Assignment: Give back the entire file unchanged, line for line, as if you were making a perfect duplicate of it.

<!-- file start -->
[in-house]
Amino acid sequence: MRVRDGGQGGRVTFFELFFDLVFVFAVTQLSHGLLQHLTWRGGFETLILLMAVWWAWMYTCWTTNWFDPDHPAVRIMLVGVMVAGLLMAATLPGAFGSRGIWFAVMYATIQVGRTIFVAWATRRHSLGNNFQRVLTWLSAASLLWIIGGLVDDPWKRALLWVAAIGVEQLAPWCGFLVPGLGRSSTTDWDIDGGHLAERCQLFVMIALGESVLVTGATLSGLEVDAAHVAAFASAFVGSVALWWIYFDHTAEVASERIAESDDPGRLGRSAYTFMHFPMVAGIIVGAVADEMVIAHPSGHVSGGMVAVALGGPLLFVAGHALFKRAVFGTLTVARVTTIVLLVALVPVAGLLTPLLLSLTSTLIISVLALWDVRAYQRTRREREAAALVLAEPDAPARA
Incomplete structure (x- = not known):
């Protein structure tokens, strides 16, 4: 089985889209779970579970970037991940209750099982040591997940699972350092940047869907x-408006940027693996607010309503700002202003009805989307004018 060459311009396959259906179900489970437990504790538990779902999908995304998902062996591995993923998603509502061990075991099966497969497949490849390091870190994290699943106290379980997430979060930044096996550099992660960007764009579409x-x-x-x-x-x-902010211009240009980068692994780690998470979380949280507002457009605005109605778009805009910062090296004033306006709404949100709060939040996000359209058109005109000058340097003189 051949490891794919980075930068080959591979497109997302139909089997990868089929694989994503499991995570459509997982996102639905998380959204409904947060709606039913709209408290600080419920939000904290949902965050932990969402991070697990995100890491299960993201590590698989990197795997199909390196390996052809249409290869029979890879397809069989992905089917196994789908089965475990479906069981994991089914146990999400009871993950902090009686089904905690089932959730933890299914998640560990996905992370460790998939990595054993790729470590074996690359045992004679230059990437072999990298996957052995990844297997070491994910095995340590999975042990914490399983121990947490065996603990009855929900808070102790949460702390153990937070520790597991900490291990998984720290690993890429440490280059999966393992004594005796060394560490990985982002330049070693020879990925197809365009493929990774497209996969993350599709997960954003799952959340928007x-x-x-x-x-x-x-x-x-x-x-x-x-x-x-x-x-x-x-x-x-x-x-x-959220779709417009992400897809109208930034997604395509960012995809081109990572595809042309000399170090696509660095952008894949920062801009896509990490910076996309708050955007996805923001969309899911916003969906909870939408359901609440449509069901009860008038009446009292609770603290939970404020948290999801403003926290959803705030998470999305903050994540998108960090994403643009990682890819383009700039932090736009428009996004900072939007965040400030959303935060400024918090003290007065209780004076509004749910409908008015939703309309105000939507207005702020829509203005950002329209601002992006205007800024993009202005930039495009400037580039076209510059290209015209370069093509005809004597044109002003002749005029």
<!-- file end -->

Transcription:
[in-house]
Amino acid sequence: MRVRDGGQGGRVTFFELFFDLVFVFAVTQLSHGLLQHLTWRGGFETLILLMAVWWAWMYTCWTTNWFDPDHPAVRIMLVGVMVAGLLMAATLPGAFGSRGIWFAVMYATIQVGRTIFVAWATRRHSLGNNFQRVLTWLSAASLLWIIGGLVDDPWKRALLWVAAIGVEQLAPWCGFLVPGLGRSSTTDWDIDGGHLAERCQLFVMIALGESVLVTGATLSGLEVDAAHVAAFASAFVGSVALWWIYFDHTAEVASERIAESDDPGRLGRSAYTFMHFPMVAGIIVGAVADEMVIAHPSGHVSGGMVAVALGGPLLFVAGHALFKRAVFGTLTVARVTTIVLLVALVPVAGLLTPLLLSLTSTLIISVLALWDVRAYQRTRREREAAALVLAEPDAPARA
Incomplete structure (x- = not known):
């Protein structure tokens, strides 16, 4: 089985889209779970579970970037991940209750099982040591997940699972350092940047869907x-408006940027693996607010309503700002202003009805989307004018 060459311009396959259906179900489970437990504790538990779902999908995304998902062996591995993923998603509502061990075991099966497969497949490849390091870190994290699943106290379980997430979060930044096996550099992660960007764009579409x-x-x-x-x-x-902010211009240009980068692994780690998470979380949280507002457009605005109605778009805009910062090296004033306006709404949100709060939040996000359209058109005109000058340097003189 051949490891794919980075930068080959591979497109997302139909089997990868089929694989994503499991995570459509997982996102639905998380959204409904947060709606039913709209408290600080419920939000904290949902965050932990969402991070697990995100890491299960993201590590698989990197795997199909390196390996052809249409290869029979890879397809069989992905089917196994789908089965475990479906069981994991089914146990999400009871993950902090009686089904905690089932959730933890299914998640560990996905992370460790998939990595054993790729470590074996690359045992004679230059990437072999990298996957052995990844297997070491994910095995340590999975042990914490399983121990947490065996603990009855929900808070102790949460702390153990937070520790597991900490291990998984720290690993890429440490280059999966393992004594005796060394560490990985982002330049070693020879990925197809365009493929990774497209996969993350599709997960954003799952959340928007x-x-x-x-x-x-x-x-x-x-x-x-x-x-x-x-x-x-x-x-x-x-x-x-959220779709417009992400897809109208930034997604395509960012995809081109990572595809042309000399170090696509660095952008894949920062801009896509990490910076996309708050955007996805923001969309899911916003969906909870939408359901609440449509069901009860008038009446009292609770603290939970404020948290999801403003926290959803705030998470999305903050994540998108960090994403643009990682890819383009700039932090736009428009996004900072939007965040400030959303935060400024918090003290007065209780004076509004749910409908008015939703309309105000939507207005702020829509203005950002329209601002992006205007800024993009202005930039495009400037580039076209510059290209015209370069093509005809004597044109002003002749005029």